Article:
• A score of 1 and above puts you in the ‘moderate’ risk group.

  • As you can see from the formula, being female OR being over 65 puts you immediately in the moderate risk group.

  • There is an argument therefore that ALL patients with AF should be anticoagulated.

  • We believe that the vast majority of patients would opt for a NOAC for their sheer convenience.

  • NOACs should NOT be used if there is any history of rheumatic fever OR in patients who have significant heart valve defects.

  • There is a potential risk of haemorrhage with anticoagulants and any patient who scores more than 3 on the HAS-BLED scoring system would have to be very carefully considered for anticoagulation.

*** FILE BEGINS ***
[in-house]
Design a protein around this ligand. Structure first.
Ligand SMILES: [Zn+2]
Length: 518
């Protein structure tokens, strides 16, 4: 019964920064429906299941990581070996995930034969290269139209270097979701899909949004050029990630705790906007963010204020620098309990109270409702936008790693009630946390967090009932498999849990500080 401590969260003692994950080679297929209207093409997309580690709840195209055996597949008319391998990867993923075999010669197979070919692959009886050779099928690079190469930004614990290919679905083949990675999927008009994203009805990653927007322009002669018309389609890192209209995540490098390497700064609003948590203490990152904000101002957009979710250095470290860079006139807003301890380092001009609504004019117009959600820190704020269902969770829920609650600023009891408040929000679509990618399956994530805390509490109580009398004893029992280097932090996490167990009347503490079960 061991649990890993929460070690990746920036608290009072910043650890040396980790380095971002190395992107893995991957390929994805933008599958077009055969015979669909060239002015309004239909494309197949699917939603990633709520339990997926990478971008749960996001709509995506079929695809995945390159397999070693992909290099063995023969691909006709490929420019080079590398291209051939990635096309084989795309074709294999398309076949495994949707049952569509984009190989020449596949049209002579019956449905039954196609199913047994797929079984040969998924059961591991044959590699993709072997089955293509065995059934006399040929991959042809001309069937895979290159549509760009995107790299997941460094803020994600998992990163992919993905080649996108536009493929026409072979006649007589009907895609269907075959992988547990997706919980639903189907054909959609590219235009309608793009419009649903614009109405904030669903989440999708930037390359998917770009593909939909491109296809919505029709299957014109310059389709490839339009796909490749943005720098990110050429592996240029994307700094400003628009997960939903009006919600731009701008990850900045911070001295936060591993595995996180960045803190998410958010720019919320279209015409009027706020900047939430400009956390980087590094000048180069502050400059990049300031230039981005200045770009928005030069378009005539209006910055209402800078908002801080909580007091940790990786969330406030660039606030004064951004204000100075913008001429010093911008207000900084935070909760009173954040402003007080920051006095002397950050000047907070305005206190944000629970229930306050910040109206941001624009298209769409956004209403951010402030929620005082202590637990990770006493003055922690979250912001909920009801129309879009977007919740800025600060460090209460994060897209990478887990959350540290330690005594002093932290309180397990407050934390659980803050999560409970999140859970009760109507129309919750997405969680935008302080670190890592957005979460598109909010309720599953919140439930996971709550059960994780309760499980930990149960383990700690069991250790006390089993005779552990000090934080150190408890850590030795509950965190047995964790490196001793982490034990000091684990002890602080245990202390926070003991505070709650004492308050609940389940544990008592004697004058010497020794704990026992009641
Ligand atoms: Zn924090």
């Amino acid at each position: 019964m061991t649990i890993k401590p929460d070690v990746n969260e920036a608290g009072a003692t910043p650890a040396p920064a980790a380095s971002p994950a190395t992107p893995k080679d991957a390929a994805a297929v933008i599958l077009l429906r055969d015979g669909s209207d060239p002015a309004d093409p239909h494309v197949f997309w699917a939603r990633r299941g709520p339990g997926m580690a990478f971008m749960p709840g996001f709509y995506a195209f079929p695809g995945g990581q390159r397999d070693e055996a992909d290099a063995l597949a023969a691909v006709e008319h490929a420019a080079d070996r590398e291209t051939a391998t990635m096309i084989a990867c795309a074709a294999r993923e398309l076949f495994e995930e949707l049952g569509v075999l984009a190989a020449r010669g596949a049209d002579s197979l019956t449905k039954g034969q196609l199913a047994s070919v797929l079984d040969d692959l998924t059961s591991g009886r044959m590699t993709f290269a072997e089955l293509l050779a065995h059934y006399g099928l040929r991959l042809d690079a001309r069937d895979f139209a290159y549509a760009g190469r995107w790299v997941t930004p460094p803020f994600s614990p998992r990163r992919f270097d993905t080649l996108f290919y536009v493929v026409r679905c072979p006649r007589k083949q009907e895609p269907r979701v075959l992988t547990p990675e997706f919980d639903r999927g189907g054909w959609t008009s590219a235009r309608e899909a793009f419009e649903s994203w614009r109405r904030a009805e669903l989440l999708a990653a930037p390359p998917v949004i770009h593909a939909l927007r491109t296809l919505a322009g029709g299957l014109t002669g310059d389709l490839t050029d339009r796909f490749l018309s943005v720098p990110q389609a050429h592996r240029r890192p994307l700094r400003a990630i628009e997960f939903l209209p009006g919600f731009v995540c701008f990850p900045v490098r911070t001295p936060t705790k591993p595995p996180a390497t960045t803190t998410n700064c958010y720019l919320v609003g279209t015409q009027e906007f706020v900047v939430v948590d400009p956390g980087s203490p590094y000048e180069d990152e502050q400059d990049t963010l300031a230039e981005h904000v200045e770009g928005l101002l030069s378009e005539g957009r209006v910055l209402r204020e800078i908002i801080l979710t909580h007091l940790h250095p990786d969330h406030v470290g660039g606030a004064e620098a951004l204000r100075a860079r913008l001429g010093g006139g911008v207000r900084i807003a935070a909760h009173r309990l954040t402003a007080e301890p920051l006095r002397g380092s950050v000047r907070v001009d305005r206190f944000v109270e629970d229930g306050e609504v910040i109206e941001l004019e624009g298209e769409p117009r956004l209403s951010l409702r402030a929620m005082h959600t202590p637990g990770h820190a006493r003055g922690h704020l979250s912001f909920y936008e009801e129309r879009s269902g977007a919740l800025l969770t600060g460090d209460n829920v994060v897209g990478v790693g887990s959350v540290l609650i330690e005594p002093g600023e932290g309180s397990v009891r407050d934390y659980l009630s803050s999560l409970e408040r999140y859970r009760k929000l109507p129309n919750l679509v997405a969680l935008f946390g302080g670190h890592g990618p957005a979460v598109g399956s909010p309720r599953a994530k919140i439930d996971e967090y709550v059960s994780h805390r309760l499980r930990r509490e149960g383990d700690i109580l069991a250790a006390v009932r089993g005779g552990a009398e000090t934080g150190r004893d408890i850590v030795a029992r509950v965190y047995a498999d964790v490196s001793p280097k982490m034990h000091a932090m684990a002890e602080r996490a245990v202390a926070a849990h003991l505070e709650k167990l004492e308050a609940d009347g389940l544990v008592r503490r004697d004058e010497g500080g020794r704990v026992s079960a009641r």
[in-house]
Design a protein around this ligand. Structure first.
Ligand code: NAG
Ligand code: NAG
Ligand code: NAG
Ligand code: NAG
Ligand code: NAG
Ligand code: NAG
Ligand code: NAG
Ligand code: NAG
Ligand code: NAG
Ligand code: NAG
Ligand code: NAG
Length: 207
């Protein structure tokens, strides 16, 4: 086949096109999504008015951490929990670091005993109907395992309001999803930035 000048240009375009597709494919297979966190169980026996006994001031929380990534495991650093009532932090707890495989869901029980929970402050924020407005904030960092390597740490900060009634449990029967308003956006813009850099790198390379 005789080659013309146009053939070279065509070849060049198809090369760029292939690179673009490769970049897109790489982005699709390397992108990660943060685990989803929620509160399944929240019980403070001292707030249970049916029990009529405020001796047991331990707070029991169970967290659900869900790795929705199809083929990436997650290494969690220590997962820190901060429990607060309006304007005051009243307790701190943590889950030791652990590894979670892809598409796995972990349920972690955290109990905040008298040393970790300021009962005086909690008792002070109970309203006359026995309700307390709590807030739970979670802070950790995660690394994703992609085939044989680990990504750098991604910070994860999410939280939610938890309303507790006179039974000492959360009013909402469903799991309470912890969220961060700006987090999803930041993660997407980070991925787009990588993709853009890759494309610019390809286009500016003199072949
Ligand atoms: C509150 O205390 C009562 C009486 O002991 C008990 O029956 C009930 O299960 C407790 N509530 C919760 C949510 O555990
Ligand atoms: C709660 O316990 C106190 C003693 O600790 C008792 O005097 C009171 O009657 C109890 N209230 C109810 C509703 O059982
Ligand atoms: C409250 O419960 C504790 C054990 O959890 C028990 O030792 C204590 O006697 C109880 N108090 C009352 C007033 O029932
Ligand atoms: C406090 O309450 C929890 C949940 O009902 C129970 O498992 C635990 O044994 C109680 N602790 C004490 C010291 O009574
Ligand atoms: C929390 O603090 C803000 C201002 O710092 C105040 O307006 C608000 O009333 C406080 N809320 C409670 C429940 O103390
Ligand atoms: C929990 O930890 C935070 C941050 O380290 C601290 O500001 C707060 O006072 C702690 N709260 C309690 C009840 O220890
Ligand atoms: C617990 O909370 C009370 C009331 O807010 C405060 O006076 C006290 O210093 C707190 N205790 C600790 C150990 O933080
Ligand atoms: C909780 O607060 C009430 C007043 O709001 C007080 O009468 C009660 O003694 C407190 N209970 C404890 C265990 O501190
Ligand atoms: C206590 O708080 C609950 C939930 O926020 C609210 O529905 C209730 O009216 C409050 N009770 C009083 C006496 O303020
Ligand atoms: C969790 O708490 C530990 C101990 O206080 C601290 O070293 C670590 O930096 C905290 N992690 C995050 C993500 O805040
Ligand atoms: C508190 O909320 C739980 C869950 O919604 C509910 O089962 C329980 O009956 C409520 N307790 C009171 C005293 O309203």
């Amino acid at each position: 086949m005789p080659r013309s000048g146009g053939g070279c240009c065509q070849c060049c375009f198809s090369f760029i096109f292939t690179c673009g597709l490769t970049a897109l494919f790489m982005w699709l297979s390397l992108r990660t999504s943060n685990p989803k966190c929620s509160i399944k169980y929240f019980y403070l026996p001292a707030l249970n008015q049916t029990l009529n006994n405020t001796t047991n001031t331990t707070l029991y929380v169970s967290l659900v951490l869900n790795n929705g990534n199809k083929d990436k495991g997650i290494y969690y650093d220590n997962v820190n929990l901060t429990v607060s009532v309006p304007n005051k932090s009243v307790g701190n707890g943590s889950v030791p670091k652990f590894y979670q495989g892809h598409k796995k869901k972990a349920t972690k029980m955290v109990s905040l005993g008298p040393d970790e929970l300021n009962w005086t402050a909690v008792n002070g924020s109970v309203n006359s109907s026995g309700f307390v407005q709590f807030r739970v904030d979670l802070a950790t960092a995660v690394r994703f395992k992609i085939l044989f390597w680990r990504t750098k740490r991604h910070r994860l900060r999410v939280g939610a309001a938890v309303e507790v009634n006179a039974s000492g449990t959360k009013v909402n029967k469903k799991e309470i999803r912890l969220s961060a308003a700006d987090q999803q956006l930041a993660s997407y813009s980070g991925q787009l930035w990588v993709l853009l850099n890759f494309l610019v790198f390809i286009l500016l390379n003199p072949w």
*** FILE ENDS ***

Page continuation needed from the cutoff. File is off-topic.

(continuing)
NICE Guidelines for:

Selecting Appropriate Patients for NOACs

Patients taking aspirin for stroke prevention are a priority group to consider. These patients can be directly switched from aspirin to a NOAC the next day.

There will be some patients currently taking warfarin for whom a switch to a NOAC is appropriate. These will include:

  • Patients on warfarin who, despite adequate adherence, spend less than 65% of time in therapeutic range, indicating suboptimal anticoagulant control.

  • New patients NOACs might be prescribed for newly diagnosed patients if this is the preferred option after discussion of the alternatives.

  • Patients with allergic reactions or intolerance to warfarin.

  • Patients who have genuine difficulty in attending for INR monitoring.

Online Medical Services – by Dr Helen Webberley

GMC no 3657058